As you’re reading this article, you’re most likely sitting in front of your laptop, holding a mobile phone, or at your desk. According to a 2013 study by the Ergotron JustStand Survey Index and Report, approximately 86 percent of full-time employees surveyed are required to sit all day at their job. When we add driving, watching TV, computer time at home, and sitting down to read or eat, the time spent sitting in one day quickly adds up.
So how does this relate to getting taller, you might ask? Let’s break it down:
What Happens When We Sit:
- Our tailbone starts to tuck under slightly.
- We have a decreased curve in our low backs (we lose the natural lordotic curve in our low backs).
- We have increased hunching in our upper backs (we lose the natural kyphotic curve in our upper backs).
- Our heads move forward to counterbalance the shifted spine.
Our spine and muscles can get used to the “sitting posture” we practice the majority of the day. Over time, our head will keep moving forward and the muscles around the spine, neck, and shoulders will overcompensate to keep the body in this habitual position. This constant “hunched” position directly impacts our posture and height.
The good thing about all this is that it’s reversible by just bringing a little bit of mindfulness to your body. Cue: yoga. The benefits of a regular yoga practice are invaluable for our body, mind, and overall energy. The benefits of the physical practice lead to better posture, proprioception, balance, biomechanics, lung capacity, and joint stability – just to name a few. By following the following simple steps, you’ll have the tools to get a little taller and bring more awareness into your posture and body.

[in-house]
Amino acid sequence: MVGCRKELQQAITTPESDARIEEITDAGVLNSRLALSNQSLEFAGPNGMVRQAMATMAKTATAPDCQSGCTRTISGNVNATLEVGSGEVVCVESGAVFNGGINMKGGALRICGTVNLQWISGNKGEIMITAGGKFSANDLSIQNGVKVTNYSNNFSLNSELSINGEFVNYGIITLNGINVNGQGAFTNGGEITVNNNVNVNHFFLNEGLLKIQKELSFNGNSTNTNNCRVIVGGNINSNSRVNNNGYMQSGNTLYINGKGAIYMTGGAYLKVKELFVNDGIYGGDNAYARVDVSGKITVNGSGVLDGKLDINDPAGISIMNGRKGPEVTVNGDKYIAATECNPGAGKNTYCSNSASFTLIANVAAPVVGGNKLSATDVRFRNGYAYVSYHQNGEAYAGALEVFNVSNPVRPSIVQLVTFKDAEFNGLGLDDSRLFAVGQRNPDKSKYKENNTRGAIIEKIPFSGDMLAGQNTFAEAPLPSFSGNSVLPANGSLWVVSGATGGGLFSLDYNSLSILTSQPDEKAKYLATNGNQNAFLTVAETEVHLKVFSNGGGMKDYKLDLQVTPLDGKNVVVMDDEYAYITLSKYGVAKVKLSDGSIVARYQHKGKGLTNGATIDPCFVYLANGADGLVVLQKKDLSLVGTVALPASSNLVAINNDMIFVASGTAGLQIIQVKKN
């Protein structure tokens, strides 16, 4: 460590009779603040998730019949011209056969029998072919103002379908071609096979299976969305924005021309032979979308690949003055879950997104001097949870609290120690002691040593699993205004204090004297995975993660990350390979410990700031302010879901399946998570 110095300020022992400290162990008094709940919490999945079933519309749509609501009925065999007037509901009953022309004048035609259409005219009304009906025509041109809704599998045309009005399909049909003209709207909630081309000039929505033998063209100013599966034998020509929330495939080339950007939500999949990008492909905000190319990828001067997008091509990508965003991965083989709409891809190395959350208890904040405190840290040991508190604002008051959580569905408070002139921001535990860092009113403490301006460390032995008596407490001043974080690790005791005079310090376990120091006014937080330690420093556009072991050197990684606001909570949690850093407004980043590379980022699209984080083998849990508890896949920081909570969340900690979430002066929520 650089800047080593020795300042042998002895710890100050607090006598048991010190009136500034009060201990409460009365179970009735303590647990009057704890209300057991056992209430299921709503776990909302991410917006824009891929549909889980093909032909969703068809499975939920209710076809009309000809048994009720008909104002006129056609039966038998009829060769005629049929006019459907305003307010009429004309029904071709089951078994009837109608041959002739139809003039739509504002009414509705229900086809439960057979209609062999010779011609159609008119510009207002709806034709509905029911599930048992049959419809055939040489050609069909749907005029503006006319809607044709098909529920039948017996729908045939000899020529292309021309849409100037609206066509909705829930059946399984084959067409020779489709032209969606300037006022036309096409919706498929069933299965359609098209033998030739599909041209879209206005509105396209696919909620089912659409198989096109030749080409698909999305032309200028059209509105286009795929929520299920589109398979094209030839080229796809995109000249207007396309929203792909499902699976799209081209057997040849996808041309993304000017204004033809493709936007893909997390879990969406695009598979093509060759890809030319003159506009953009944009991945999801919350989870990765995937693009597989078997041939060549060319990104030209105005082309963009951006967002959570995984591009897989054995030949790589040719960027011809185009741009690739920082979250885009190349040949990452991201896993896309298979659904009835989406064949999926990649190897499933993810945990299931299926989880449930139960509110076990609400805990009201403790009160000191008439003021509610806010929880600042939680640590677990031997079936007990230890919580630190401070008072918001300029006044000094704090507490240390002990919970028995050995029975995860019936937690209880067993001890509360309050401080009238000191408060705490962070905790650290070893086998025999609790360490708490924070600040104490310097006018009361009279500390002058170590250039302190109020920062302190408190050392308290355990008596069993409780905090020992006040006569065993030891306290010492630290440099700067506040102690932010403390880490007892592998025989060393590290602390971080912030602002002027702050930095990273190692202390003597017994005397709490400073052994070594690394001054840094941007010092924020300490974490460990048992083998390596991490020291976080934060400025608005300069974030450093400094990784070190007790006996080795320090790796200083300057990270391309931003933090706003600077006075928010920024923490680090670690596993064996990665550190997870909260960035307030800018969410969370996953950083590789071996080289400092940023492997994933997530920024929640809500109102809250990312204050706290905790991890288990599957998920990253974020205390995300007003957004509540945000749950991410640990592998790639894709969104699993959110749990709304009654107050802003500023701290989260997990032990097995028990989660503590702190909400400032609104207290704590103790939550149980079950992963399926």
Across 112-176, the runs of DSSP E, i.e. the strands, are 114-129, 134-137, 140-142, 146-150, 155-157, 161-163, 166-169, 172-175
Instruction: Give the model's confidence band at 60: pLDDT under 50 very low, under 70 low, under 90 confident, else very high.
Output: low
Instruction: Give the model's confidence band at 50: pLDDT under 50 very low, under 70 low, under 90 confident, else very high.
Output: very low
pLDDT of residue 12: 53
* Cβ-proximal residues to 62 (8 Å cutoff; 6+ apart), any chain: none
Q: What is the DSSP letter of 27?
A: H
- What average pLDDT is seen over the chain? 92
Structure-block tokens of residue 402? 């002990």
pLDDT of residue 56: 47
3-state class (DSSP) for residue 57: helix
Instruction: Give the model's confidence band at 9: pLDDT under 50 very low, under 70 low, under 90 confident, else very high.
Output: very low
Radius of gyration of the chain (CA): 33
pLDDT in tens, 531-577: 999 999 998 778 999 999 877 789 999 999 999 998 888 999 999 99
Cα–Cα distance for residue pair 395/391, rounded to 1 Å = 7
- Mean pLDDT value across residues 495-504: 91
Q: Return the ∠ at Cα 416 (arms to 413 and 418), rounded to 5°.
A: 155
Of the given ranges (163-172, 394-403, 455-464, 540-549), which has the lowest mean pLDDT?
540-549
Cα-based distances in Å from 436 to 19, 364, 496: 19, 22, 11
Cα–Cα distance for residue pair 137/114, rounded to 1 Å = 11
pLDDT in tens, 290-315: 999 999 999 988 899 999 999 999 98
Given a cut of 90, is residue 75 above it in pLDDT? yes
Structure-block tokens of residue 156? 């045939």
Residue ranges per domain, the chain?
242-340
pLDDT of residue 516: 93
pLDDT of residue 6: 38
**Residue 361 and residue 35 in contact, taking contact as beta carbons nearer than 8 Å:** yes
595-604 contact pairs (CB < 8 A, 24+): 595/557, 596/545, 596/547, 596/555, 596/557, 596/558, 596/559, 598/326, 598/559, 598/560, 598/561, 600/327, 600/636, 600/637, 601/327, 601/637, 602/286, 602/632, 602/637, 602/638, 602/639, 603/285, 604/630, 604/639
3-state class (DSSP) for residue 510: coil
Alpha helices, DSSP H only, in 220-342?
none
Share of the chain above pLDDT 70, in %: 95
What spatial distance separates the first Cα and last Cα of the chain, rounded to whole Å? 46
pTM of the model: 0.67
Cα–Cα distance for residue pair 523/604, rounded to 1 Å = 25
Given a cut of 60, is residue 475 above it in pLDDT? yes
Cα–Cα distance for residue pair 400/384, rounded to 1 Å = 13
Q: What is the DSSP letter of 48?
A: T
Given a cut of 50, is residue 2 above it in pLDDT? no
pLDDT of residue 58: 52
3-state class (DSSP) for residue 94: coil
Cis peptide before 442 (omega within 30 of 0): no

The Magic Steps to Getting Taller and Aligned:
The best way to practice this position is to watch yourself in front of a mirror, or have a friend take a picture of you in the following position. Keep adjusting until you notice that everything is in alignment.
Stand with your feet hip-width, (about two fists width), and evenly root through both soles of your feet. Relax your toes.
Keep the front, top parts of your pelvis, called the anterior superior iliac spines (ASIS), even with one another. Do this both horizontally and vertically. Line up both of the ASIS with the front part of your pubic bones. Let these three points be equal with one another. Once you can do this, you’ll have yourself a neutral pelvis.
When we want to stand or sit up straight, we tend to jut our ribs forward to pinch our shoulder blades together. Although this might be a typical correction we’ve made perhaps since childhood, (based on the loving advice from our mothers to sit up straight), this motion actually moves the body out of alignment. Instead, let your ribs soften into your body and rotate the tops of your upper arm bones back and away from your midline. Lengthen through your collarbones and maintain space between your shoulder blades.
Stack your ears over your shoulders and let your chin be parallel to the floor. Fun fact: For every inch we move our heads forward, we load an extra 10 pounds onto our spines. Keep your head back and look forward.
As we move through our day, we can focus on these key points to help posture, alignment, lung capacity and maybe even grow a couple of centimeters while we’re at it! These small, mindful movements we incorporate into our day are not only good for our posture, but they also lead to a sustainable and accessible practice that we can take with us anywhere to better our postural awareness and health.